Every piece of hardware on the boat was customized. That's the benefit of having a CNC router in-house. The numerous billet aluminum step plates, which eliminated the need to step on the fine upholstery, were perfectly fitted with traction-enhancing rubber inserts. Billet panels were used on the dash as high-tech background material for the gauges. All grab handles were fabricated cylindrical stainless steel with red billet caps.

Even the production-built pull-up cleats were customized. To minimize their internal rattling, Sunsation replaced the stock bushings with custom-built versions.

We don't know how many hours Sunsation spent on the F-4's engine hatch, but we'd guess quite a few. The underside was fitted with five mirrors framed in translucent red acrylic. Hidden LED lights illuminated the fine detail work of the hatch, which raised on two hydraulic rams.

To secure the staggered Mercury Racing HP700SCi engines, the builder used offshore mounts through-bolted to the stringers. The mounts were powder-painted red, as were the step plates and billet battery boxes. As in the rest of the boat, only socket-head screws were used in the immaculate rigging.


All the bling in the world—and the F-4 was flat-out loaded with it—wouldn't have amounted to much if the boat didn't deliver the goods on the water. We're pleased to report that the V-bottom, which incorporated a notched keel and four steps, impressed our test drivers and co-pilots.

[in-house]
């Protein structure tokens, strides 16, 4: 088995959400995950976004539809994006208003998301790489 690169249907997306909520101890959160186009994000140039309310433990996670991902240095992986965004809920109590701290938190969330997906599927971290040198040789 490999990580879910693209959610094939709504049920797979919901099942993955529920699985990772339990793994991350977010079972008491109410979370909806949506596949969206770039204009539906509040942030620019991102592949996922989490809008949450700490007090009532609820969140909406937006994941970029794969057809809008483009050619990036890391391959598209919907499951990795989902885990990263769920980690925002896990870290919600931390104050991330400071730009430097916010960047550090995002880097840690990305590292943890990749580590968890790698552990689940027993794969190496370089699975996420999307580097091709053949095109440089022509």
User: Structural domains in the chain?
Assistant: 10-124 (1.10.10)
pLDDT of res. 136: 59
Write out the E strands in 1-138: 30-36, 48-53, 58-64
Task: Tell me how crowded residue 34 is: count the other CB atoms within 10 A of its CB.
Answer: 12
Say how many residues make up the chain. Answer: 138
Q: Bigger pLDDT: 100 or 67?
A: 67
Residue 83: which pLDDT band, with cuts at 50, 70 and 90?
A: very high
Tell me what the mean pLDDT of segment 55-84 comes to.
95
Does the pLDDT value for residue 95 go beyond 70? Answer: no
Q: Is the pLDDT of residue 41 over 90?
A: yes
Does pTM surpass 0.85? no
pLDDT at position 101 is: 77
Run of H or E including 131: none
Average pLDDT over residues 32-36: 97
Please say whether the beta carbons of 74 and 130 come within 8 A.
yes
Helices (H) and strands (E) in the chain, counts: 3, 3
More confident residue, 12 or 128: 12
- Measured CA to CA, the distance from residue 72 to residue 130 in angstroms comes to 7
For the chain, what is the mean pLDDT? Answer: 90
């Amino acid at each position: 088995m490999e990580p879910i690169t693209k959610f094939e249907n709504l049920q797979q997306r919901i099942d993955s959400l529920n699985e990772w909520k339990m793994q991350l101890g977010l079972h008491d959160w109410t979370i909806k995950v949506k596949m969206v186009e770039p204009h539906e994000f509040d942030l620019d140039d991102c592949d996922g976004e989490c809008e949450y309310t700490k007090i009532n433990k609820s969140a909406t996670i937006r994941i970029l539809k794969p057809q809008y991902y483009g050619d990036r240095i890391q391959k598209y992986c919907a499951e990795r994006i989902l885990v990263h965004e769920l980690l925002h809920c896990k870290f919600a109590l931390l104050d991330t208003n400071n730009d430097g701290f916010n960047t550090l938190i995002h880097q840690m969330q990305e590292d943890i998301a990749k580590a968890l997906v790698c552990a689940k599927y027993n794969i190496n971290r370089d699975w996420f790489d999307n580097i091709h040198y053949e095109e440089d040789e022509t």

With the 700-horsepower engines turning 5,450 rpm, the boat reached 99.7 mph on GPS. Schaldenbrand told us the boat will "touch 100 mph" in ideal conditions with a light load of fuel, and we don't doubt it. That's cool stuff—especially with relatively tame power—for a boat that weighs almost 6 tons without a drop of fuel in its 235-gallon aluminum tank.

Mercury 35"-pitch five-blade Cleaver propellers put the power to the water, and the boat made decent use of the package in the acceleration department. With the trim tabs down, time to plane was 6.1 seconds and the bow did not rise significantly. From a standing start, the 43-footer reached 67 mph in 20 seconds. Midrange punch was good, as the